6. Where a community body identifies an area of public service that it believes could be delivered in a more effective or cost efficient manner, the community body should be able to instigate a community right to challenge. The public body that has been challenged in this way has a duty to investigate the matter and to respond publicly. If the public body agrees with the basis of the challenge, the assumption is that the service in question would be put out to tender through the normal procurement process.
7. A number of responses submitted by Alliance members have proposed that there should be a general presumption in favour of community use of underutilised public land and that this should be reflected in a community right to challenge any public landowner. The is right to challenge should then be supported by community right to use if the landowner is unable to present a reasonable case for an alternative use.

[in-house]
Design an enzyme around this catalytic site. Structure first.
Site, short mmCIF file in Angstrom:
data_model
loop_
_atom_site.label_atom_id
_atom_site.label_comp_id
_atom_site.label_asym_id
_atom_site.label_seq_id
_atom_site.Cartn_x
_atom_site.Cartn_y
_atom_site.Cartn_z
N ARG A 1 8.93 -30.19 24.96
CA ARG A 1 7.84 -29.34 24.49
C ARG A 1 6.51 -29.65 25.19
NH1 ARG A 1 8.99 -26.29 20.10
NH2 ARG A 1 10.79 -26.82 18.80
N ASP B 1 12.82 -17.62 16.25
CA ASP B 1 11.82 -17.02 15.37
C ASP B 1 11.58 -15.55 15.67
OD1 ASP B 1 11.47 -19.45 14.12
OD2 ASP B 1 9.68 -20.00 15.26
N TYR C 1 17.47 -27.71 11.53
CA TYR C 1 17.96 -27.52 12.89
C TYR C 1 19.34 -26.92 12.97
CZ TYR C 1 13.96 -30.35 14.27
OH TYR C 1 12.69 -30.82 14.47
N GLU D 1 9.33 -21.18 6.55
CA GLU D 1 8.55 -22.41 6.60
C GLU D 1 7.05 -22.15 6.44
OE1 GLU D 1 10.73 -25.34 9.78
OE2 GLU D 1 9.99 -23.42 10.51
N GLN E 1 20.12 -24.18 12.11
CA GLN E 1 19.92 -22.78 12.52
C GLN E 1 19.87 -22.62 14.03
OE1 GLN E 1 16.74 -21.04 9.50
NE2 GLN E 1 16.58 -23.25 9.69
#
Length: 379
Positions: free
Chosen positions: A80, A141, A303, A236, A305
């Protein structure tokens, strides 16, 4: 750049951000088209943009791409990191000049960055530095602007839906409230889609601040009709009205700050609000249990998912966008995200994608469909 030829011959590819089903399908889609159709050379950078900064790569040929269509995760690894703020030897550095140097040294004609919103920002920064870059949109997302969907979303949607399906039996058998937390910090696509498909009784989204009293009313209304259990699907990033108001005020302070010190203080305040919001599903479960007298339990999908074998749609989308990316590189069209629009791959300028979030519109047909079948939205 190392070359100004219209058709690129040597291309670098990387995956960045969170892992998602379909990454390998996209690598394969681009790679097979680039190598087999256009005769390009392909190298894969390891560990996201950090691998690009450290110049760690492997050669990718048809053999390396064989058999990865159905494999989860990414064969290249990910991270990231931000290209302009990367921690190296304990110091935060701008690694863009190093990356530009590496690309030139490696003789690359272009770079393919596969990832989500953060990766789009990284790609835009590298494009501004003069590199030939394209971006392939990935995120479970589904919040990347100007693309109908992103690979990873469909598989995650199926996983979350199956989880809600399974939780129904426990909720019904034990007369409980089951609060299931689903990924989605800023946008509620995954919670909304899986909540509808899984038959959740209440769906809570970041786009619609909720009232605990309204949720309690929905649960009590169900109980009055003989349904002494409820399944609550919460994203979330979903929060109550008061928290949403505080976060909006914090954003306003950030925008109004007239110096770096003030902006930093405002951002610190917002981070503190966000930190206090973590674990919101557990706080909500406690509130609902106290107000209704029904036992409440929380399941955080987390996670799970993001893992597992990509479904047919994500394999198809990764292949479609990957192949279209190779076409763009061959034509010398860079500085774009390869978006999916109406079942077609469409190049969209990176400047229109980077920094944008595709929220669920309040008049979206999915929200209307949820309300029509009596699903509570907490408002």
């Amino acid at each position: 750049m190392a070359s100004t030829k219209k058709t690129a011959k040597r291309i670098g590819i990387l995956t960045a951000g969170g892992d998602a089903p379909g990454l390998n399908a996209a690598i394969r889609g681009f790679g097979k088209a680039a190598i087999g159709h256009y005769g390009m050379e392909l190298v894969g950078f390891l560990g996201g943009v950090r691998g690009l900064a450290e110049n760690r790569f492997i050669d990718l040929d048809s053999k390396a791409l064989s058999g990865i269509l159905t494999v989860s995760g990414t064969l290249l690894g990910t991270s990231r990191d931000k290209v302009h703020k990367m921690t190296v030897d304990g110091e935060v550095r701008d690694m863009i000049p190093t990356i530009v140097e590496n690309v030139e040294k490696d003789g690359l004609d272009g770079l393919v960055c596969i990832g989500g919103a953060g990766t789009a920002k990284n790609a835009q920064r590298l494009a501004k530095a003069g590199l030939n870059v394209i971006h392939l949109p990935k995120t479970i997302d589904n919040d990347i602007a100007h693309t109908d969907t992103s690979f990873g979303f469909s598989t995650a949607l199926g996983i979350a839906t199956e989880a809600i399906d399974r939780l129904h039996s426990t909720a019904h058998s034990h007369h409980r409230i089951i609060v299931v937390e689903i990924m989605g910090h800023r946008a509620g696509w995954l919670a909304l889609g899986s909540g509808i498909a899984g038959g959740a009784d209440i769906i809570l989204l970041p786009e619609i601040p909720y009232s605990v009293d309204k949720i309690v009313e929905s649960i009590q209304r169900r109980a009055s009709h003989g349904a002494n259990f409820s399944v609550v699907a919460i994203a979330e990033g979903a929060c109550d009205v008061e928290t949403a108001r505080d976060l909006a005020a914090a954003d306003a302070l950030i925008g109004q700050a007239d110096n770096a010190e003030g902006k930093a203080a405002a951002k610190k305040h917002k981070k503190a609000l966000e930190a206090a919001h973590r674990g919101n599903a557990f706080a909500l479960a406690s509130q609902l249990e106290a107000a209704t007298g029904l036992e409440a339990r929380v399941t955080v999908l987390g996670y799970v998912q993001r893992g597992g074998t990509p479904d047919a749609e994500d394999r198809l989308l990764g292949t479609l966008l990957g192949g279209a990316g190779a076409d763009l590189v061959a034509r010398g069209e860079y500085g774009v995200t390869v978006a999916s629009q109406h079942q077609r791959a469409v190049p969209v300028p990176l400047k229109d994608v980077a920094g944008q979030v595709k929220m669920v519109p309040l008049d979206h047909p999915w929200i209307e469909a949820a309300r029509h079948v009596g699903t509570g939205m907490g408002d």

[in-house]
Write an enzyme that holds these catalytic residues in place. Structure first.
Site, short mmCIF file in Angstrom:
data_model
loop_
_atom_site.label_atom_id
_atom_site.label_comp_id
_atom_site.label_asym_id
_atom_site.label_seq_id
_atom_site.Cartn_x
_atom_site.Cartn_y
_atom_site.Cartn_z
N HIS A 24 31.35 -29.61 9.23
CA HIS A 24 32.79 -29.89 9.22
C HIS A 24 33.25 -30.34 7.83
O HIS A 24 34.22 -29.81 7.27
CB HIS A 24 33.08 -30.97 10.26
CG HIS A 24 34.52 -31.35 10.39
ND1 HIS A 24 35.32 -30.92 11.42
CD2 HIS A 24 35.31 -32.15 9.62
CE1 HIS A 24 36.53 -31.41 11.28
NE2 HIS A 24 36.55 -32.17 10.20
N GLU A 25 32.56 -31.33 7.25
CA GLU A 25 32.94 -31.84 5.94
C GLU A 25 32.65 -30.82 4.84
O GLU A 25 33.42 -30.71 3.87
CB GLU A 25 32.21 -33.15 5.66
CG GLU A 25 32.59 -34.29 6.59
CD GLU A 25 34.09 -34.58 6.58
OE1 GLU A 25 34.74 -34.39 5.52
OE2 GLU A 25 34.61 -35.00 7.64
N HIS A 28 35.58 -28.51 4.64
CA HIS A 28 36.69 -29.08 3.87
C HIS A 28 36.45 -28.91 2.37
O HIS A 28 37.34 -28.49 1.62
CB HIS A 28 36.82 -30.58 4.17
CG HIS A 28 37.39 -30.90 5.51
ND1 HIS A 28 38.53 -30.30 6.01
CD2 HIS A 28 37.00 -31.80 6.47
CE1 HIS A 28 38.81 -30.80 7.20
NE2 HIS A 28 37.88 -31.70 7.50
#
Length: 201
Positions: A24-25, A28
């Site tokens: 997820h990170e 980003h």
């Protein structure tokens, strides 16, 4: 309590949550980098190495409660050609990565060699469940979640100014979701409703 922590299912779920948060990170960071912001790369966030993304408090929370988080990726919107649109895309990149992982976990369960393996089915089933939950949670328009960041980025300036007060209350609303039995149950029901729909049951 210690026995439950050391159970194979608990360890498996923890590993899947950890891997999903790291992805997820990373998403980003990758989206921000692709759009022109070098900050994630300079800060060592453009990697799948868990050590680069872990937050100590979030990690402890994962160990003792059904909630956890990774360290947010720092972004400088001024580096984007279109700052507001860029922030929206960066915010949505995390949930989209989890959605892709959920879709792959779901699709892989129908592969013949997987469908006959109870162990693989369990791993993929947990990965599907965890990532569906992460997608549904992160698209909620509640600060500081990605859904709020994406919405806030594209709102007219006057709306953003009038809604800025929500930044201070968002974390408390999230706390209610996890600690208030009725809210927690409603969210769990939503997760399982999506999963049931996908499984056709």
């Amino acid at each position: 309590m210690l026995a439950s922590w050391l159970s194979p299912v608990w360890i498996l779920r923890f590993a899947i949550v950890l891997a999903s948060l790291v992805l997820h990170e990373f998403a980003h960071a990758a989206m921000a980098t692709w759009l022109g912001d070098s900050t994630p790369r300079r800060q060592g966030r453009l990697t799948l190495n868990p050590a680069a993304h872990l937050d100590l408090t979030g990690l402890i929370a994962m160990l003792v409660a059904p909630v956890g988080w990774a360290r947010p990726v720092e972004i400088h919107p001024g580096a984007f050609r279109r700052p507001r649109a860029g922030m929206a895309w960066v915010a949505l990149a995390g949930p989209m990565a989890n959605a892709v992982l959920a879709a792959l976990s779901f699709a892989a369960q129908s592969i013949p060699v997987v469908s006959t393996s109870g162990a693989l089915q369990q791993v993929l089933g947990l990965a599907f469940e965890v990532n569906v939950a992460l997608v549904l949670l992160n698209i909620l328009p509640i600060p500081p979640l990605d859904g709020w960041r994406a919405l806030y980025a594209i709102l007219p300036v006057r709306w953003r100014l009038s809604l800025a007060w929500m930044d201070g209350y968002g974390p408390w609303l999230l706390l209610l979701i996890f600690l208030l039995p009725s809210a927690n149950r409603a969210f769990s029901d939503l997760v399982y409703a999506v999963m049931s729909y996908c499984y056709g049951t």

8. Public bodies, other than local authorities, are restricted in their freedom to dispose of assets at less than market rate. This restriction is imposed by the regulations covering disposal that are set out in the Scottish Public Finance Manual. The bill needs to ensure that the SPFM is amended so as to permit Scottish Government bodies to dispose of assets at less than market value when the disposal is likely to contribute to economic development or regeneration; health; social well-being; or environmental well-being – in other words, to mirror the powers given to Scottish Local Authorities under the Disposal of Land by Local Authorities (Scotland) Regulations 2010.